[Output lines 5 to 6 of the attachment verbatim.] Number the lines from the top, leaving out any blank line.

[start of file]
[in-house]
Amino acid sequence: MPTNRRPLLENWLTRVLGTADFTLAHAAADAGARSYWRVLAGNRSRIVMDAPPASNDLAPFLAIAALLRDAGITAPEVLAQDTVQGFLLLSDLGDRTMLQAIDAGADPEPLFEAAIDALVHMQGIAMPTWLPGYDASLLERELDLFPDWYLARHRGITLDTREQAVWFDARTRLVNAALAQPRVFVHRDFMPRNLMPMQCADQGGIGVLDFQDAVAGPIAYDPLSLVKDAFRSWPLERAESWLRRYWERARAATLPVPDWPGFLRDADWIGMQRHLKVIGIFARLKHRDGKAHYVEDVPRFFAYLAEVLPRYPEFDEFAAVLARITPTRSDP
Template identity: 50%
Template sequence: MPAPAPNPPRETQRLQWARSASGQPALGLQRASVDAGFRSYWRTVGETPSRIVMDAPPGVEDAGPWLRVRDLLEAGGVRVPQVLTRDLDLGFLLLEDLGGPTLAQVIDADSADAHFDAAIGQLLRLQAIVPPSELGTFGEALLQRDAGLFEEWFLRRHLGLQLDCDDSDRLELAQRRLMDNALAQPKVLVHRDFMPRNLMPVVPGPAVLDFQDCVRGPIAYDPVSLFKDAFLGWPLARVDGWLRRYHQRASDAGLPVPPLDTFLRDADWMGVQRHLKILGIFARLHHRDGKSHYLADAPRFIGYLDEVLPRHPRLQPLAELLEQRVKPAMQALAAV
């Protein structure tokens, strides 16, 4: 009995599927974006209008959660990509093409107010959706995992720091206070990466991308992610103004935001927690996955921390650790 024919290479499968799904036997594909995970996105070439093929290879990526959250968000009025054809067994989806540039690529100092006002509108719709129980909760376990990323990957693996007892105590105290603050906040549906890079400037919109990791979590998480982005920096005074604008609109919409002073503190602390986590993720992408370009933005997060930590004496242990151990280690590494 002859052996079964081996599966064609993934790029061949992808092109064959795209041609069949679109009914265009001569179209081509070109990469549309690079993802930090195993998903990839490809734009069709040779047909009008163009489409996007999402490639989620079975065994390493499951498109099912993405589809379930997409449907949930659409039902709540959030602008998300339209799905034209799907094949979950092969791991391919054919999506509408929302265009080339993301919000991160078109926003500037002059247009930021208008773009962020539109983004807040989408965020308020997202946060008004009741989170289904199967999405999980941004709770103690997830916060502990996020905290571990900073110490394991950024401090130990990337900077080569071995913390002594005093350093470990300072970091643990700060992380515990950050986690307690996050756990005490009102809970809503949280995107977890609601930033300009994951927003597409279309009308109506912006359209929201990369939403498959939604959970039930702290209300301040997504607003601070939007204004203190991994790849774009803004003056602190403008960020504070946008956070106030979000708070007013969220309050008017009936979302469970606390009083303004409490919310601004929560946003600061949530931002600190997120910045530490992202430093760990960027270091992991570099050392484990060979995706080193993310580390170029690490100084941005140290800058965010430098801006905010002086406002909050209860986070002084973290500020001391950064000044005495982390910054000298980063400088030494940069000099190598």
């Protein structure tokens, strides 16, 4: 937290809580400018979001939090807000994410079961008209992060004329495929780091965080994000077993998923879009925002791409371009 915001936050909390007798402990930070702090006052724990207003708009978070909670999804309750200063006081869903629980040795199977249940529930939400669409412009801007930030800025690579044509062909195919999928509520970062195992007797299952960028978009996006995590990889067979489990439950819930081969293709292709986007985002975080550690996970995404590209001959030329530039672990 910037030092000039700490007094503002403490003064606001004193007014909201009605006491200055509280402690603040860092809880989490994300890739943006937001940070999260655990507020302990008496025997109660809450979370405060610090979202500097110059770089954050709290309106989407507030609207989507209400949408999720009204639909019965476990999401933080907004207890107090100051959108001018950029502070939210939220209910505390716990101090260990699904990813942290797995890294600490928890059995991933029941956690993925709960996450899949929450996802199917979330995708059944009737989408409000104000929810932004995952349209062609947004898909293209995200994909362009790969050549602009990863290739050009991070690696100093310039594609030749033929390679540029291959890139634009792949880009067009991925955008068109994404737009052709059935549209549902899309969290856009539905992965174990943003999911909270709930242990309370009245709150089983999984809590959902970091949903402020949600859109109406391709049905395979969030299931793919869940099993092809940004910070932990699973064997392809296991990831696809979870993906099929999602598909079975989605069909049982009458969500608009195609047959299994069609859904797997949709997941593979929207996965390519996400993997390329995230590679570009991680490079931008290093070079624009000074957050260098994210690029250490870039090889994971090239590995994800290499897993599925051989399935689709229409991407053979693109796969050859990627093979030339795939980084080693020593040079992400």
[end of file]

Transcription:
């Protein structure tokens, strides 16, 4: 009995599927974006209008959660990509093409107010959706995992720091206070990466991308992610103004935001927690996955921390650790 024919290479499968799904036997594909995970996105070439093929290879990526959250968000009025054809067994989806540039690529100092006002509108719709129980909760376990990323990957693996007892105590105290603050906040549906890079400037919109990791979590998480982005920096005074604008609109919409002073503190602390986590993720992408370009933005997060930590004496242990151990280690590494 002859052996079964081996599966064609993934790029061949992808092109064959795209041609069949679109009914265009001569179209081509070109990469549309690079993802930090195993998903990839490809734009069709040779047909009008163009489409996007999402490639989620079975065994390493499951498109099912993405589809379930997409449907949930659409039902709540959030602008998300339209799905034209799907094949979950092969791991391919054919999506509408929302265009080339993301919000991160078109926003500037002059247009930021208008773009962020539109983004807040989408965020308020997202946060008004009741989170289904199967999405999980941004709770103690997830916060502990996020905290571990900073110490394991950024401090130990990337900077080569071995913390002594005093350093470990300072970091643990700060992380515990950050986690307690996050756990005490009102809970809503949280995107977890609601930033300009994951927003597409279309009308109506912006359209929201990369939403498959939604959970039930702290209300301040997504607003601070939007204004203190991994790849774009803004003056602190403008960020504070946008956070106030979000708070007013969220309050008017009936979302469970606390009083303004409490919310601004929560946003600061949530931002600190997120910045530490992202430093760990960027270091992991570099050392484990060979995706080193993310580390170029690490100084941005140290800058965010430098801006905010002086406002909050209860986070002084973290500020001391950064000044005495982390910054000298980063400088030494940069000099190598």
């Protein structure tokens, strides 16, 4: 937290809580400018979001939090807000994410079961008209992060004329495929780091965080994000077993998923879009925002791409371009 915001936050909390007798402990930070702090006052724990207003708009978070909670999804309750200063006081869903629980040795199977249940529930939400669409412009801007930030800025690579044509062909195919999928509520970062195992007797299952960028978009996006995590990889067979489990439950819930081969293709292709986007985002975080550690996970995404590209001959030329530039672990 910037030092000039700490007094503002403490003064606001004193007014909201009605006491200055509280402690603040860092809880989490994300890739943006937001940070999260655990507020302990008496025997109660809450979370405060610090979202500097110059770089954050709290309106989407507030609207989507209400949408999720009204639909019965476990999401933080907004207890107090100051959108001018950029502070939210939220209910505390716990101090260990699904990813942290797995890294600490928890059995991933029941956690993925709960996450899949929450996802199917979330995708059944009737989408409000104000929810932004995952349209062609947004898909293209995200994909362009790969050549602009990863290739050009991070690696100093310039594609030749033929390679540029291959890139634009792949880009067009991925955008068109994404737009052709059935549209549902899309969290856009539905992965174990943003999911909270709930242990309370009245709150089983999984809590959902970091949903402020949600859109109406391709049905395979969030299931793919869940099993092809940004910070932990699973064997392809296991990831696809979870993906099929999602598909079975989605069909049982009458969500608009195609047959299994069609859904797997949709997941593979929207996965390519996400993997390329995230590679570009991680490079931008290093070079624009000074957050260098994210690029250490870039090889994971090239590995994800290499897993599925051989399935689709229409991407053979693109796969050859990627093979030339795939980084080693020593040079992400």